John Brophy, the second-winningest coach in professional hockey history, passed away Monday at 83. Brophy won 1,027 games and spent the majority of his coaching career in the ECHL, which named its coach of the year award after Brophy and inducted him into its Hall of Fame in 2009.
The hockey world is mourning the loss of John Brophy, 83, who is one of the most iconic minor league coaches in the history of the game and one of the winningest bench bosses in professional hockey history.
In a statement released Monday, the ECHL, where Brophy coached for 13 seasons, announced his passing following “a lengthy illness.”
“The entire ECHL is saddened to hear of the passing of John Brophy,” said ECHL commissioner Brian McKenna in the release. “Our thoughts and prayers go out to the Brophy family. There was no greater competitor than John Brophy.”
Over his tenure as a professional coach, Brophy, a native of Antigonish, N.S., spent 11 seasons with the ECHL’s Hampton Roads Admirals and two with the Wheeling Nailers. He would also have stints as a coach in the EHL, NAHL, SHL, WHA, CHL, AHL and NHL, where he coached two and a half seasons for the Toronto Maple Leafs following a season as an assistant for the Maple Leafs. During his time in Toronto, the Maple Leafs posted a 64-111-18 record and he relieved of his duties midway through his third season with the club.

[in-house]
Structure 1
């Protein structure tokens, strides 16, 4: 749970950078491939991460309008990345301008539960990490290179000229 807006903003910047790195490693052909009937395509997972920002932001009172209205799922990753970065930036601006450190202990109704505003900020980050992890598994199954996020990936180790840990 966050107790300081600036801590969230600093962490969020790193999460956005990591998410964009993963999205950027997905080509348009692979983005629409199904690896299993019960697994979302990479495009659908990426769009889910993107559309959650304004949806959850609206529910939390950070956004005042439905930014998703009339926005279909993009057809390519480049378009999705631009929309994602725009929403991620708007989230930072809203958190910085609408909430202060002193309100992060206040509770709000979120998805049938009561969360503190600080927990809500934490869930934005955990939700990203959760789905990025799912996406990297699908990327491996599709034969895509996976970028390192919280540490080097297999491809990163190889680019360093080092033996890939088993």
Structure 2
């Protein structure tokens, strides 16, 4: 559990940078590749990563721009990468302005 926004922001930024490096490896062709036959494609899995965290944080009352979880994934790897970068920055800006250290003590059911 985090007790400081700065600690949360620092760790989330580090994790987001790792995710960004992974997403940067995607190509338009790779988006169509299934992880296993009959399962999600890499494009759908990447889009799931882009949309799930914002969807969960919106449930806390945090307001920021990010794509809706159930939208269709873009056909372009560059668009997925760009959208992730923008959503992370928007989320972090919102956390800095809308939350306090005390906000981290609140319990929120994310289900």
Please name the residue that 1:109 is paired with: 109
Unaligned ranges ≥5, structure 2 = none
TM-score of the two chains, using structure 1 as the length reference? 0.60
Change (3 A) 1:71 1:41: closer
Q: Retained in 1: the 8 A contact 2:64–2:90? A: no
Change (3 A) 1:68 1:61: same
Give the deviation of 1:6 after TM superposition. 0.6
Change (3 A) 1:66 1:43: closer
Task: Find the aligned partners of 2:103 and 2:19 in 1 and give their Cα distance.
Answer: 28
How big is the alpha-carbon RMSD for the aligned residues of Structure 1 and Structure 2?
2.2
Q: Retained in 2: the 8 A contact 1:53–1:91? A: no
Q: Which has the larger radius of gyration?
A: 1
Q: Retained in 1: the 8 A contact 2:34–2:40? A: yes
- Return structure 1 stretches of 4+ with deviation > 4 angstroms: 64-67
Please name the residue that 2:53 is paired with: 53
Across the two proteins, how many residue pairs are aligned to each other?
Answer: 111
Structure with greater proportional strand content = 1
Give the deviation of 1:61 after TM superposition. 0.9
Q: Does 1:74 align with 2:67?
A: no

And though most came to know Brophy as the coach of the Maple Leafs, it was the ECHL where he made his biggest mark. In 11 of the 13 seasons he was an ECHL bench boss, his teams made the post-season and he won three titles while with the Admirals before retiring with a career record of 480-323-79. His lengthy ECHL career made him the longest-tenured and winningest coach in league history at the time of his retirement. He currently ranks third in victories and has been passed by three coaches for the most games coached.
In 2009, Brophy was inducted into the ECHL’s Hall of Fame, but he had been immortalized by the league several seasons earlier, when the league renamed the coach of the year award as the John Brophy Award following his final season behind an ECHL bench.
Combining his victories in all leagues, Brophy sits second all-time in professional coaching with 1,027 victories. Only the legendary Scott Bowman has more. Brophy coached his final season in 2006-07 with the Richmond Renegades.